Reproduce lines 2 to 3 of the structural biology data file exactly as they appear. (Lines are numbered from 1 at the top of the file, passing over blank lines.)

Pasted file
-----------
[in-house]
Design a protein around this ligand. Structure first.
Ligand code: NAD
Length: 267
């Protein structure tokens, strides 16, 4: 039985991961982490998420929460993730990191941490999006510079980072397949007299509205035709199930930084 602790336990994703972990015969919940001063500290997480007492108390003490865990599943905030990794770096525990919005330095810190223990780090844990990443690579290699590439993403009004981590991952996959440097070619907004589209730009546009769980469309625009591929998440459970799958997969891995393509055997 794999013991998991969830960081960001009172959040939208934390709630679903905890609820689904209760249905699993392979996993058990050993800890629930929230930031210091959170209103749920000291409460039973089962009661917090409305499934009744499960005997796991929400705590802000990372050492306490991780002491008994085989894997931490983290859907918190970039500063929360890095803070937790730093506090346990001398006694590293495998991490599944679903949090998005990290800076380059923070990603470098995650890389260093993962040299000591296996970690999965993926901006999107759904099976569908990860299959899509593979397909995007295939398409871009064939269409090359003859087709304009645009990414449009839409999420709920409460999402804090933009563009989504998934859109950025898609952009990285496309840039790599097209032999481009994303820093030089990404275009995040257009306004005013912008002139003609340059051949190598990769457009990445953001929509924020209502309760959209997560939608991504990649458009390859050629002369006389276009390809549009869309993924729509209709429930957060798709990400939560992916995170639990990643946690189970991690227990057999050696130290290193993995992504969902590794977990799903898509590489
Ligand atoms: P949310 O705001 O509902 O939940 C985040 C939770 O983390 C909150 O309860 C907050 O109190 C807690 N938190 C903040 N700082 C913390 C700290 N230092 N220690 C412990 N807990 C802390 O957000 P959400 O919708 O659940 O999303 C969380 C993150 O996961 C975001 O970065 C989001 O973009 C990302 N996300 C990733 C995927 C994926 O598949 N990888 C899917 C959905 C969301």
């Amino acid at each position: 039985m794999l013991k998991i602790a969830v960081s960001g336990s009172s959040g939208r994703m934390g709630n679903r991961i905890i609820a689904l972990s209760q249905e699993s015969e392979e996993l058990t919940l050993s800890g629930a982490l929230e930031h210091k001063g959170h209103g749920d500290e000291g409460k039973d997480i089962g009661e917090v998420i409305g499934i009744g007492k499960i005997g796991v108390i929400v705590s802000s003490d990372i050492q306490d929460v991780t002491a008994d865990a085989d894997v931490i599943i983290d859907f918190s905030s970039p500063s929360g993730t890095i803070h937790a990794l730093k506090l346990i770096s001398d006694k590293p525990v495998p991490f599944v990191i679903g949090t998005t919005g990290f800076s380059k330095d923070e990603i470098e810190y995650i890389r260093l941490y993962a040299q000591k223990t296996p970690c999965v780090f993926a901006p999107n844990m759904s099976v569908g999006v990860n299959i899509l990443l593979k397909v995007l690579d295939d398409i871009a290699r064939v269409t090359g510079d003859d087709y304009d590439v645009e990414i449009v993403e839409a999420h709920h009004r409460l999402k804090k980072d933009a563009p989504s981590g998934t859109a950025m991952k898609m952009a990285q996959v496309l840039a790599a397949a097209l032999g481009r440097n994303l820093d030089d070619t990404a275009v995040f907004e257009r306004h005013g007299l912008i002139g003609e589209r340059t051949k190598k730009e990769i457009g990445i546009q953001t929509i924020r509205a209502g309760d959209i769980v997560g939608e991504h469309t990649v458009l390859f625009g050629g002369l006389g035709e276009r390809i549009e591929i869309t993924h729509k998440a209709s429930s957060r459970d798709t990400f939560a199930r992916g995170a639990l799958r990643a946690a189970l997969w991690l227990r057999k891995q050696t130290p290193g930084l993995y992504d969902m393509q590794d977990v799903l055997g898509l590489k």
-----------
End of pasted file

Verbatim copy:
Design a protein around this ligand. Structure first.
Ligand code: NAD